The Cineworld (LSE:CINE) share price surged this week following its interim earnings report. The FTSE 250 stock has had a pretty rough time after the pandemic forced the closure of all of its cinemas. But thanks to the relatively rapid rollout of Covid-19 vaccines, movie theatres are once again open for business. And with the latest rise in the Cineworld share price, the stock is up by just over 20% in the last 12 months. So, should I be adding Cineworld to my portfolio? Let’s take a look.
The rising Cineworld share price
At first glance, the firm’s performance doesn’t look too promising. After all, worldwide revenue from the box office and from confectionery retail dropped off a cliff compared to a year ago. However, this poor performance was not exactly unexpected. The comparison captures the first quarter of 2020, during which lockdown restrictions had yet to take effect. And therefore it’s not a meaningful comparison in my mind.
While revenue may be suffering, profitability has improved drastically. The reported operating loss for the last six-month period came in at around $209m versus $1.34bn in 2020. This reduction appears to be primarily caused by operational improvements as well as a substantial fall in cash burn. According to the management team, capital expenditure fell by 70%. Meanwhile, the cash burn rate was successfully brought down to $45m per month. That’s even more than the originally anticipated $60m burn rate.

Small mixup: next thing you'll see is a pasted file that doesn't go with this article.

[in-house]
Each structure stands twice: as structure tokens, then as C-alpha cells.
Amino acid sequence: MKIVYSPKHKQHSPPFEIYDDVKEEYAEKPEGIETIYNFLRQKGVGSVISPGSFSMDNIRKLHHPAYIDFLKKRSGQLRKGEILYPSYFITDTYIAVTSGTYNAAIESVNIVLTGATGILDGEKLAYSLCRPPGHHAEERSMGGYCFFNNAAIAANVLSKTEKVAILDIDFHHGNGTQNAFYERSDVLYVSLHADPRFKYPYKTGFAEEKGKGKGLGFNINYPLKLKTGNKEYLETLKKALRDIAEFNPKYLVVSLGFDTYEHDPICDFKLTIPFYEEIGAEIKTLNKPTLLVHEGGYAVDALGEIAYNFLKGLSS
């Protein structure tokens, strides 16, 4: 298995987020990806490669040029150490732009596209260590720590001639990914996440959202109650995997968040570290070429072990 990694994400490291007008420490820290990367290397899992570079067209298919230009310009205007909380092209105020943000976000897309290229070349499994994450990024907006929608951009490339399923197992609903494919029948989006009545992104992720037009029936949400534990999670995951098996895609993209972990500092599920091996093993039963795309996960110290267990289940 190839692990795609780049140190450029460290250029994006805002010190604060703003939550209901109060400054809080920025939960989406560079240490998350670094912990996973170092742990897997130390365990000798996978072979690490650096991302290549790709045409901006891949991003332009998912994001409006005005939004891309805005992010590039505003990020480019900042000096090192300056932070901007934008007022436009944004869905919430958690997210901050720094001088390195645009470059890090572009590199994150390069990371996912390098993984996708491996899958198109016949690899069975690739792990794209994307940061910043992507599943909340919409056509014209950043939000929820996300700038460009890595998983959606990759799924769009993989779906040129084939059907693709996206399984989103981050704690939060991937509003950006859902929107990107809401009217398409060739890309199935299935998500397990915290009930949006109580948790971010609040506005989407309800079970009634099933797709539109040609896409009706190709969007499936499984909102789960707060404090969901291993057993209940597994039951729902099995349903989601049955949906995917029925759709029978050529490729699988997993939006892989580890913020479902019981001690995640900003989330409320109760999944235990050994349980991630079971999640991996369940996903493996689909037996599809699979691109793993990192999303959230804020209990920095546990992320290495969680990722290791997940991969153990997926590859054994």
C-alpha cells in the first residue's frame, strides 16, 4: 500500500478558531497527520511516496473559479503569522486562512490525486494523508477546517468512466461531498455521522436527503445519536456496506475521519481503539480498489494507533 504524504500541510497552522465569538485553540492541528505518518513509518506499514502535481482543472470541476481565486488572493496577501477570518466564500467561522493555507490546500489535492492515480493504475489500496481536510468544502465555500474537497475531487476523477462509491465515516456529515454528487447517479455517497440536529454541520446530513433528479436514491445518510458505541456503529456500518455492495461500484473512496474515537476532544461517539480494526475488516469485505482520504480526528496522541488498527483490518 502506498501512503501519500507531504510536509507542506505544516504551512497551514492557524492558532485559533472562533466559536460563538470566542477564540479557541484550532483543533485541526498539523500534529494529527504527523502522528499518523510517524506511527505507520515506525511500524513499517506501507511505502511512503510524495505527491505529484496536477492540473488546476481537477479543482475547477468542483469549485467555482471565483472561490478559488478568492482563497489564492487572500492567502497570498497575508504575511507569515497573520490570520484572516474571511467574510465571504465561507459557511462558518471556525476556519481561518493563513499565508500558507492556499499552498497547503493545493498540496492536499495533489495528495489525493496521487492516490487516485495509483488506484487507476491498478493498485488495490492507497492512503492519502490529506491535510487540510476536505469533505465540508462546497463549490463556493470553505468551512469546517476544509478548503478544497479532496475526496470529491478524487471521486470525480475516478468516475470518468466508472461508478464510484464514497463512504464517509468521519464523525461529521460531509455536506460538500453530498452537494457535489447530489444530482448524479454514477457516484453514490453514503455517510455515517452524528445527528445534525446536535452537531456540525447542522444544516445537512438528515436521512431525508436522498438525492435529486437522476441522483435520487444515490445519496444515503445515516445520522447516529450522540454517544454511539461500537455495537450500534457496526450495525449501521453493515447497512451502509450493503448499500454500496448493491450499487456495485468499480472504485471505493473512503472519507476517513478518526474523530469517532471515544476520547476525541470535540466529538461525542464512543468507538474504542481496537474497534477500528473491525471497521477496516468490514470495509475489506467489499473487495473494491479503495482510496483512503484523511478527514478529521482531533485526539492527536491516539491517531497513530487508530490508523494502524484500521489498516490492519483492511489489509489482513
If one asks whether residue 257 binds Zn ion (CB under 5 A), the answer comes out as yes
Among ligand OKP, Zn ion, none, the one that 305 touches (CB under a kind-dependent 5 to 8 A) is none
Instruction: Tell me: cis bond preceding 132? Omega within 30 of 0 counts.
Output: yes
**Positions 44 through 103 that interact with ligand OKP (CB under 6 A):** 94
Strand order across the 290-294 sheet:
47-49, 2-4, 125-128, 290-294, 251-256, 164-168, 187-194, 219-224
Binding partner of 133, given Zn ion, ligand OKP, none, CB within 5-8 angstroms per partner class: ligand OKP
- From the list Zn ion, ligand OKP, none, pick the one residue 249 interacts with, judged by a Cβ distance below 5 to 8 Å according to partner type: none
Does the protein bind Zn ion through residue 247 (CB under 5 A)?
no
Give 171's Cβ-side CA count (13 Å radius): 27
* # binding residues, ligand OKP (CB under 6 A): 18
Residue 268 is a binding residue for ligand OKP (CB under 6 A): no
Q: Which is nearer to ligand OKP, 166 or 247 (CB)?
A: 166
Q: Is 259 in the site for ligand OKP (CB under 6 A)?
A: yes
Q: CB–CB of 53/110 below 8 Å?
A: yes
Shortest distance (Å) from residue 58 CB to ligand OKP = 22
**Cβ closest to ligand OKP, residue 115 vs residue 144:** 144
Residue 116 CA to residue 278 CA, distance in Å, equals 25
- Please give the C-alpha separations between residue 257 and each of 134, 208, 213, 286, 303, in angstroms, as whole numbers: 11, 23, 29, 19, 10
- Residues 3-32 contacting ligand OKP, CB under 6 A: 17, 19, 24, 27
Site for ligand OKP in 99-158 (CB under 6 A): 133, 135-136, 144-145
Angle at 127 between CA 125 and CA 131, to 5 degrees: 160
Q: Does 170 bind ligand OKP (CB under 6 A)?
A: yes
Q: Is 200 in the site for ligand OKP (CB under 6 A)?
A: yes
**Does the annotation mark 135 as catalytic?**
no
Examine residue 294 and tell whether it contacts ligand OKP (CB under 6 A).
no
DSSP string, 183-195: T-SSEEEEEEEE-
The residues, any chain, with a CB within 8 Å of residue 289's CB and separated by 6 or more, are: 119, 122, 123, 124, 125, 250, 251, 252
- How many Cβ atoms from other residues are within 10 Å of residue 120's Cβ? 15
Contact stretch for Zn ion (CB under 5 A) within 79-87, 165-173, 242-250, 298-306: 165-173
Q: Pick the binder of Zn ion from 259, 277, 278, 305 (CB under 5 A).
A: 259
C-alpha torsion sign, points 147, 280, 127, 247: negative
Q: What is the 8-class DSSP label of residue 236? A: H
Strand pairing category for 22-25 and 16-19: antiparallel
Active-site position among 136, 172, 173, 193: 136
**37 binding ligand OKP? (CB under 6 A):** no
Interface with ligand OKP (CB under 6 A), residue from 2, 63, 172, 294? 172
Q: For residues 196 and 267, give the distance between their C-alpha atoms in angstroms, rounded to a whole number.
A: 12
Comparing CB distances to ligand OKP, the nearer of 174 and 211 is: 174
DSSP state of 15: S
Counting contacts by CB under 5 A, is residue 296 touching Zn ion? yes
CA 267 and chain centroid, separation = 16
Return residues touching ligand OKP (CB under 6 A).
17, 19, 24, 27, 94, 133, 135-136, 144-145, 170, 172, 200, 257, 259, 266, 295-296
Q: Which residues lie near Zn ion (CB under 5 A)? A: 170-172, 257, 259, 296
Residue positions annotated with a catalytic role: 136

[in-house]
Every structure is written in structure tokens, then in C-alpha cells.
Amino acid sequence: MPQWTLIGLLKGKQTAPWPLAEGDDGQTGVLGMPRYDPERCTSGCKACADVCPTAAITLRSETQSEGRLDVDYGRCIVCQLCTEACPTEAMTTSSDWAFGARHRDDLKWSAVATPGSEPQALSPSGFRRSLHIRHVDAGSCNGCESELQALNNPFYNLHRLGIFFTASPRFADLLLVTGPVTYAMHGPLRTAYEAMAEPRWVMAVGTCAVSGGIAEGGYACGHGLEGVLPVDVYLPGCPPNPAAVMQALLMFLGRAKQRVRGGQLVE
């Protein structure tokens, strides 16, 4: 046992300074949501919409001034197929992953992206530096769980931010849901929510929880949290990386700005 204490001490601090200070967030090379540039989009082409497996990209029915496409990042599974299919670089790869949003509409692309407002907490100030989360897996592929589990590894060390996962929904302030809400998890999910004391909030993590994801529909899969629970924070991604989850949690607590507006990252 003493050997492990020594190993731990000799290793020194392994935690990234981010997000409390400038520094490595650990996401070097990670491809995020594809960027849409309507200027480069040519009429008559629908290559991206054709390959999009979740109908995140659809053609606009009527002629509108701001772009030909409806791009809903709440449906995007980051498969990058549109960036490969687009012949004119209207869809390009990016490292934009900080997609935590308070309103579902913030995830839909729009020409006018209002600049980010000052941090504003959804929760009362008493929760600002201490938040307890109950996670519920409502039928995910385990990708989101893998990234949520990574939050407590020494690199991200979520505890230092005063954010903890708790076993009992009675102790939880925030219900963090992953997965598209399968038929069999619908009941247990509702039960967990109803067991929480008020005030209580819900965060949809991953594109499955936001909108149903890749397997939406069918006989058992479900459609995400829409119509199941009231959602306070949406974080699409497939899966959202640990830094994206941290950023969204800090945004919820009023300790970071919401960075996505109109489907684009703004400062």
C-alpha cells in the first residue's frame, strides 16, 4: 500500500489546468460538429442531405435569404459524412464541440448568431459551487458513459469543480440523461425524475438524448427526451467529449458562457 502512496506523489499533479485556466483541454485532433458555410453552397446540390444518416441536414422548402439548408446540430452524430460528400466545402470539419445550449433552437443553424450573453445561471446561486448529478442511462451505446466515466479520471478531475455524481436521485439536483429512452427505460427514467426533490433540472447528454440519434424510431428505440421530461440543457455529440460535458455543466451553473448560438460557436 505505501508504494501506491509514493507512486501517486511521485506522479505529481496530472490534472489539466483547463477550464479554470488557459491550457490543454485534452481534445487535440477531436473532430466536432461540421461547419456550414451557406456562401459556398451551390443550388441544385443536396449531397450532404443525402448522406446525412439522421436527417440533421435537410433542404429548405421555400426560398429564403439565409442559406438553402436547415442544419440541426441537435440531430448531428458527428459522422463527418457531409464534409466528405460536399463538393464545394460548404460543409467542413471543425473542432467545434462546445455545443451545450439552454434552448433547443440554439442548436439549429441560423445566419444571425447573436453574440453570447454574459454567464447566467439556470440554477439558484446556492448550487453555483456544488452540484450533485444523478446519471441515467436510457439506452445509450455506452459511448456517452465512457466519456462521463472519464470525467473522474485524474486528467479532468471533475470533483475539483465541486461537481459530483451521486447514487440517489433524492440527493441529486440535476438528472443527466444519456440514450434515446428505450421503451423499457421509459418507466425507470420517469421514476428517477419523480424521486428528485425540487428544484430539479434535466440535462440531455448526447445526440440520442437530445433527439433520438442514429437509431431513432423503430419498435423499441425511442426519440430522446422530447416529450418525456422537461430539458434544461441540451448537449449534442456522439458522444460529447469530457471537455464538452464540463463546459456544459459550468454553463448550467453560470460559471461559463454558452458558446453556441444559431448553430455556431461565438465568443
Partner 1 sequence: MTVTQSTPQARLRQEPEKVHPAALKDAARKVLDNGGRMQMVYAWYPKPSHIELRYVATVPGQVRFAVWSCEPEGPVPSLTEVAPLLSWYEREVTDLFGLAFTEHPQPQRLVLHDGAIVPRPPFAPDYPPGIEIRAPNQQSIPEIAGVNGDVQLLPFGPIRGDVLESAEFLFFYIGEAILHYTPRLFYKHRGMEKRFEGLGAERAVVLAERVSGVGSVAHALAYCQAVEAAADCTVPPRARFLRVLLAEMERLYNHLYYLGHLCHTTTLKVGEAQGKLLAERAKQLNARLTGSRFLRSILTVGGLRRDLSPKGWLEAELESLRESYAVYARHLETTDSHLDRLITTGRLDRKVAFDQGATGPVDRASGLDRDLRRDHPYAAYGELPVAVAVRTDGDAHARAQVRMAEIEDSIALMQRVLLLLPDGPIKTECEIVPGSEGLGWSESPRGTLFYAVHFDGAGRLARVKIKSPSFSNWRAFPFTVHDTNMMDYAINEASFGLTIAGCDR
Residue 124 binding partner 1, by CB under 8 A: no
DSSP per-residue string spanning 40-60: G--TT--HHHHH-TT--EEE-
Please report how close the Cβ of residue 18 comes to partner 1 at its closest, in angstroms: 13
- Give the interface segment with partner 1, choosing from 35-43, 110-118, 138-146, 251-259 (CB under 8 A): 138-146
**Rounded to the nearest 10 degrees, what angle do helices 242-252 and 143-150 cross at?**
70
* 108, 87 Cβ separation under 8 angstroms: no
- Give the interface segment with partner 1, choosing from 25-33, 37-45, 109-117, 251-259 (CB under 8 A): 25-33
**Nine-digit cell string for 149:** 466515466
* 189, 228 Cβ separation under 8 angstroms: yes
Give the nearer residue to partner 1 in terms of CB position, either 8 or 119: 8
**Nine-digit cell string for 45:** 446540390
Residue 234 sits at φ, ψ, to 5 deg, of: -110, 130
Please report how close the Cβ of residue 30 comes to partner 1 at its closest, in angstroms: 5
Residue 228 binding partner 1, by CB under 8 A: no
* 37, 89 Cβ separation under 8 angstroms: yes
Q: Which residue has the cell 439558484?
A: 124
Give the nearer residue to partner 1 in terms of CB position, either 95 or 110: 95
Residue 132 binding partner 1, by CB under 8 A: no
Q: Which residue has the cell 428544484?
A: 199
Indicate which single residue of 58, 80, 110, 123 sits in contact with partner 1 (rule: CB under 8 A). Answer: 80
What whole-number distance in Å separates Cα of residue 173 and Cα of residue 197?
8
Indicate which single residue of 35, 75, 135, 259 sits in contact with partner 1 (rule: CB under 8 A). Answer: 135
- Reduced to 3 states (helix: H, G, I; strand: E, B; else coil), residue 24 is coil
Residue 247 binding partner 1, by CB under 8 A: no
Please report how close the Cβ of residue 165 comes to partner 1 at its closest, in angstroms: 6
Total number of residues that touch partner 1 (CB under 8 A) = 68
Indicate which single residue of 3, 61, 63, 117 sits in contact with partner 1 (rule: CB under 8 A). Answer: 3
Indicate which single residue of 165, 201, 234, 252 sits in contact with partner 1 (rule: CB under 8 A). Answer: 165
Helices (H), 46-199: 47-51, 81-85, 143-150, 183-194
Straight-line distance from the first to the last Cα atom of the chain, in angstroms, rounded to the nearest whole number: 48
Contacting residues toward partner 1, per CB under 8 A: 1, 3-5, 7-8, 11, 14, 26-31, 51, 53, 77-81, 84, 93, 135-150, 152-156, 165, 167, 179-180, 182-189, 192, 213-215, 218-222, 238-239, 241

Beyond operational improvements, Cineworld has also acquired further liquidity through additional loans, and the US CARES Act refund. Overall, the business seems to be in a substantially stronger financial position than a few months ago. So, seeing the Cineworld share price jump on the news is hardly surprising to me.
A long road lies ahead
As encouraging as this latest report is, Cineworld is far from returning to its pre-pandemic self. Debt has become a significant problem for this business over the years, even before the pandemic began. As a consequence, the interest bills have been racking up.
Cineworld had to cough up $111.2m in debt interest in the last six months, despite negotiating payment delays. And with no profits or positive cash flow to draw on, the company had to use up its cash reserves. As it stands, Cineworld has around $436.5m of cash on the balance sheet. That should be sufficient to keep it going for a short while. But over the long term, this isn’t sustainable. And the Cineworld share price may start to suffer for it.
Suppose positive cash flow doesn’t start flowing strongly again as cinemas return to pre-pandemic levels of operations? In that case, the business will likely have to raise additional capital. And with debt levels being so high, securing new loans may prove challenging, as would convincing investors to buy new equity if it were issued.
The bottom line
All things considered, I’m far more optimistic about the future potential of the Cineworld share price today than a few months ago. And the latest successful release of the new Fast & Furious film has undoubtedly accelerated the return of moviegoers.
Having said that, the state of Cineworld finances is still too poor, in my opinion. Until the management team can bring debt levels down to more manageable levels, I’m keeping this business on my watchlist.
Zaven Boyrazian has no position in any of the shares mentioned. The Motley Fool UK has no position in any of the shares mentioned. Views expressed on the companies mentioned in this article are those of the writer and therefore may differ from the official recommendations we make in our subscription services such as Share Advisor, Hidden Winners and Pro. Here at The Motley Fool we believe that considering a diverse range of insights makes us better investors.